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Eye diseases

Vitreous detachment

Desprendimiento de vítreo
Floaters and flashes are typical symptoms.
It is usually linked to ageing.
It may precede a retinal detachment.

What is vitreous detachment?

Vitreous detachment is a disorder which is caused by the deterioration of the gelatinous consistency of the fluid that fills the inside of the eyeball.

When the vitreous humour becomes more liquid than normal and loses its firmness, it ends up “collapsing”. As a result, the hyaloid membrane that surrounds it separates from the layer it is attached to, the retina, which may cause a break in this tissue that lines the inside of the eye.

Vitreous detachment does not hurt, whereas the main signs you may notice, if it has occurred, are floaters or small black spots moving in the visual field, as well as flashes of light that last a few seconds and are perceived especially at night or in dimly lit environments.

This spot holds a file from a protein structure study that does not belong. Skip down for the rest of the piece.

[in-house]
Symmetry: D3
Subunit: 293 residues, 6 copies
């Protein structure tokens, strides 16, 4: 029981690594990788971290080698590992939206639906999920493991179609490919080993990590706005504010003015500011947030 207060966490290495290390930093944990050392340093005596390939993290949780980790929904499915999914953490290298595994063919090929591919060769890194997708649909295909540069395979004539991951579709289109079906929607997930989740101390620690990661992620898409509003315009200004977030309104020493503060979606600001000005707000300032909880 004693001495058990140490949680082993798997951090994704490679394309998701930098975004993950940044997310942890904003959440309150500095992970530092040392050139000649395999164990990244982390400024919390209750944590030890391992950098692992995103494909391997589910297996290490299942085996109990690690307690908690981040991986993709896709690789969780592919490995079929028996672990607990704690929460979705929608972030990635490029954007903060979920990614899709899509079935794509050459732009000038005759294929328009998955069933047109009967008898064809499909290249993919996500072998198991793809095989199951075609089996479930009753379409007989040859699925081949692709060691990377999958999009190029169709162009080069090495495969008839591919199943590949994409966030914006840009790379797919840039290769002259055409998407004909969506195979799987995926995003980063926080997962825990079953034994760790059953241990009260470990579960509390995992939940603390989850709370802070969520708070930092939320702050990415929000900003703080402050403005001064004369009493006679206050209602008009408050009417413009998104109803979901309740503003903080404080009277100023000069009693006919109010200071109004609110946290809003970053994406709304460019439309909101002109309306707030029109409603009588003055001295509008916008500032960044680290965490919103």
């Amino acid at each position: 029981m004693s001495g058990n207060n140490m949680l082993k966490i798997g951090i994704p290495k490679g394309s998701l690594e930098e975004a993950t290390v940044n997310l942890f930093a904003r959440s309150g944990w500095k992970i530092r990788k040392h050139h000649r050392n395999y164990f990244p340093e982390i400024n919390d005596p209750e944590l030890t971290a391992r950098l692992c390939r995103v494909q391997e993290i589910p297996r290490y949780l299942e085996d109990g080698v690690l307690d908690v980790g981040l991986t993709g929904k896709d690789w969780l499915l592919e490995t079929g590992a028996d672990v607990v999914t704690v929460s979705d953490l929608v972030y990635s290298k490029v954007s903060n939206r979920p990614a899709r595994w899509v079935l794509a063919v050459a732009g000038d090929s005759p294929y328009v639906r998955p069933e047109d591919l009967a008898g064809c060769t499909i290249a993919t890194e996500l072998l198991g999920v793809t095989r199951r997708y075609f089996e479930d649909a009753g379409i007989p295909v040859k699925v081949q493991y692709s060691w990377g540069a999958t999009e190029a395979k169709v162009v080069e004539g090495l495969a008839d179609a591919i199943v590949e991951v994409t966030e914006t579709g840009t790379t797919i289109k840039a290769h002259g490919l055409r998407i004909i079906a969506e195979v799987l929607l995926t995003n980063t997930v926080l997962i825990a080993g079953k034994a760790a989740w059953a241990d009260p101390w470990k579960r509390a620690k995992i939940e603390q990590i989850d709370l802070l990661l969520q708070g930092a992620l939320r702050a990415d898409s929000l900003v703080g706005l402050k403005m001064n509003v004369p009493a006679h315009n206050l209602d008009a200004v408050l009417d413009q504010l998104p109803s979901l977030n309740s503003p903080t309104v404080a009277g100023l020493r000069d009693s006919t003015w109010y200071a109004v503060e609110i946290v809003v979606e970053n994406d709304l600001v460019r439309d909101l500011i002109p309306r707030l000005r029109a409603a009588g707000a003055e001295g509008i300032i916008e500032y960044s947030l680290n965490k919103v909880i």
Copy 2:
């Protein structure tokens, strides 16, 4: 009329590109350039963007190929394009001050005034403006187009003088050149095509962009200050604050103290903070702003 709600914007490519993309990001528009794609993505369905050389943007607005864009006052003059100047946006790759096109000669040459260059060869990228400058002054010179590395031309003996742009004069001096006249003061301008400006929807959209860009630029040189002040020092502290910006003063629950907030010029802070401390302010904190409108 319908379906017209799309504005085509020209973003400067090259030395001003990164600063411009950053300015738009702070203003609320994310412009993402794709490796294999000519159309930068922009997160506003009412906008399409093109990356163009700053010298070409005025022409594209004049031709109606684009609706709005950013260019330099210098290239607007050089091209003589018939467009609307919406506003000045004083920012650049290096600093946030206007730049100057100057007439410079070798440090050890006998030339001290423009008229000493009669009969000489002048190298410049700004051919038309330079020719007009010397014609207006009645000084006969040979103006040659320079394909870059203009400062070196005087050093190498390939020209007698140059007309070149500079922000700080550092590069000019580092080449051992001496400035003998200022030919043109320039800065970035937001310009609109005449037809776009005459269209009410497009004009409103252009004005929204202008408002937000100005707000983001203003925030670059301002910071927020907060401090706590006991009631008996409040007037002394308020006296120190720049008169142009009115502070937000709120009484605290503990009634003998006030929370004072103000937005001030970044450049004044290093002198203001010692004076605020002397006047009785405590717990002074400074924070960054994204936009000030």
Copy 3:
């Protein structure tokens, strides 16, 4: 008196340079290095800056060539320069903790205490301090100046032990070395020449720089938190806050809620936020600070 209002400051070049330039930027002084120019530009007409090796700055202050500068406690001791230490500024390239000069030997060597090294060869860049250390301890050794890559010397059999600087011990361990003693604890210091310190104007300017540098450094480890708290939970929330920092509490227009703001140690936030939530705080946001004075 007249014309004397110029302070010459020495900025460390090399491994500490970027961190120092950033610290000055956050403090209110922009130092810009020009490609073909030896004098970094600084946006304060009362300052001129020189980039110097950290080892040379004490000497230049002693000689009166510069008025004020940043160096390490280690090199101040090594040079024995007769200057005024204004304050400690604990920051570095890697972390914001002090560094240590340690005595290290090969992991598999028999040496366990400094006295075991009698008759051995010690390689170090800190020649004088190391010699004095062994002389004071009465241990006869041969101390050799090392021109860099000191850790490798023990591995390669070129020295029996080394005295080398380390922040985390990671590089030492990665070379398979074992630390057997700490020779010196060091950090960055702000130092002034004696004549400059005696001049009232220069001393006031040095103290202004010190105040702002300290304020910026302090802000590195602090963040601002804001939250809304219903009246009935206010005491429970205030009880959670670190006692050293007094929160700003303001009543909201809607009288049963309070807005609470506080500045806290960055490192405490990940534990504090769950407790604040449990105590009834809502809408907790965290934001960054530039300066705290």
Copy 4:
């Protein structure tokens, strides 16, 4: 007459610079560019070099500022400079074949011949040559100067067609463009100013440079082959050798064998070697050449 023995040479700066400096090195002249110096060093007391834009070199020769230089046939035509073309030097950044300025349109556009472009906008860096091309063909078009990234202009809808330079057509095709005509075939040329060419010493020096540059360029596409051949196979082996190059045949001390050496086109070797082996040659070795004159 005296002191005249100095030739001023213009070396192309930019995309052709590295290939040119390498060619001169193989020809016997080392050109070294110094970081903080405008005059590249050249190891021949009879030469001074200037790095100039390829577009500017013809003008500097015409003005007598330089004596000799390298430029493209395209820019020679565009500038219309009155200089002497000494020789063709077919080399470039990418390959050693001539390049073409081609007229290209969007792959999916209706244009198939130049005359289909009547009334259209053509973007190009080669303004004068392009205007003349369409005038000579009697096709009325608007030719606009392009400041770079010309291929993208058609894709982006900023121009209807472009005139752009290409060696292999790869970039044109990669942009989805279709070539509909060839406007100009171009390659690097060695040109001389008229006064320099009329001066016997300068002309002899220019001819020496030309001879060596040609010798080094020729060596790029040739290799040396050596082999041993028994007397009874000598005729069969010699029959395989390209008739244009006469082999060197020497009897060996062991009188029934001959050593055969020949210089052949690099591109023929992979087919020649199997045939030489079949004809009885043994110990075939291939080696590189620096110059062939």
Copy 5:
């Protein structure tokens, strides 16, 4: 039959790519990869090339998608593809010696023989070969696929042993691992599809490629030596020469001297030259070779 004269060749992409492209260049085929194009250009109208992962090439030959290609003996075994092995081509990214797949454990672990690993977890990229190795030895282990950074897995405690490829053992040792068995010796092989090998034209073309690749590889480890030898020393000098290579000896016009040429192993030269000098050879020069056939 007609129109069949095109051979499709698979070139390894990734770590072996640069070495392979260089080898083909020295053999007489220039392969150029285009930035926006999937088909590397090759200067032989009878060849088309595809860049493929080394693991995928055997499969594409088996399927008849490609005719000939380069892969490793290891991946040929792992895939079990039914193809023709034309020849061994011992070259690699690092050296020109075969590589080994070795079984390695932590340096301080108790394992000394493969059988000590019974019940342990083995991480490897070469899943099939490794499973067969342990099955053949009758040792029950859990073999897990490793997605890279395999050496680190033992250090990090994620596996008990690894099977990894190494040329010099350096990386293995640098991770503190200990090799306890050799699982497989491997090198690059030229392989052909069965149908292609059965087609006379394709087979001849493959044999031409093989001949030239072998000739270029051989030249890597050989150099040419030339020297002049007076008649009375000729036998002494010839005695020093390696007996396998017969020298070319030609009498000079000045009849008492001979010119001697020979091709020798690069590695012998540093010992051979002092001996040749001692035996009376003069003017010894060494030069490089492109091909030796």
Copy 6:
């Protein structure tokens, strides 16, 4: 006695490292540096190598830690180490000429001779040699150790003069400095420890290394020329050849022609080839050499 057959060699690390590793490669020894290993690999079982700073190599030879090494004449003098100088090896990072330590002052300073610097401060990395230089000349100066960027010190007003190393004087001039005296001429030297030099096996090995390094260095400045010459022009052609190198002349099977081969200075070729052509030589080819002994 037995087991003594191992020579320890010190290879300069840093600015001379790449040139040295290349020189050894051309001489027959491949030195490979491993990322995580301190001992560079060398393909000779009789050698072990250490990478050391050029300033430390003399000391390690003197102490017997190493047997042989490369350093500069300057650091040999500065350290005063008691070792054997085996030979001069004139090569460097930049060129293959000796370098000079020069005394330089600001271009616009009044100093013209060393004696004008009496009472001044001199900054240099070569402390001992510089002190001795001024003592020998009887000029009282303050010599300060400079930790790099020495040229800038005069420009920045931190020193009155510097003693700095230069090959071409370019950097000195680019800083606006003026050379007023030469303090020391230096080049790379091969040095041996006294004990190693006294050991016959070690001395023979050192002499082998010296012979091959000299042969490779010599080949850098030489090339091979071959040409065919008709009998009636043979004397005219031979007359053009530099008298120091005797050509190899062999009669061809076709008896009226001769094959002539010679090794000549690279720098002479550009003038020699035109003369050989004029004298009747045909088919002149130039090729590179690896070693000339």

If these symptoms appear or increase suddenly, we recommend not delaying your visit to the ophthalmologist. Although vitreous detachment is usually not serious, sometimes it may precede a retinal detachment, if the vitreous gel pulls and tears the retinal tissue. In these cases, Miranza’s specialists stress that it is essential to perform an emergency surgery.

Generally, vitreous detachment is a process associated with ageing; thus, it is more common after the age of 50. However, there are other causes and risk factors that may cause or multiply the risk of suffering from it:

Vitreous detachment associated with ageing is usually not serious and generally does not require specific treatment. Nonetheless, it is recommended that you see a specialist regularly to closely monitor the evolution of your symptoms and prevent possible complications. Moreover, if you have vitreous detachment in one eye, it is more likely that it will also occur in the other eye.

Sometimes the floaters associated with vitreous detachment may not dissolve over time (something that happens in a third of patients after 6 months) and significantly interfere with your vision. In these persistent, severe and especially annoying cases, we may assess the need to perform a treatment with laser vitreolysis or a vitrectomy.

A vitrectomy is also indicated if the vitreous detachment is accompanied by severe bleeding or if it results in retinal detachment.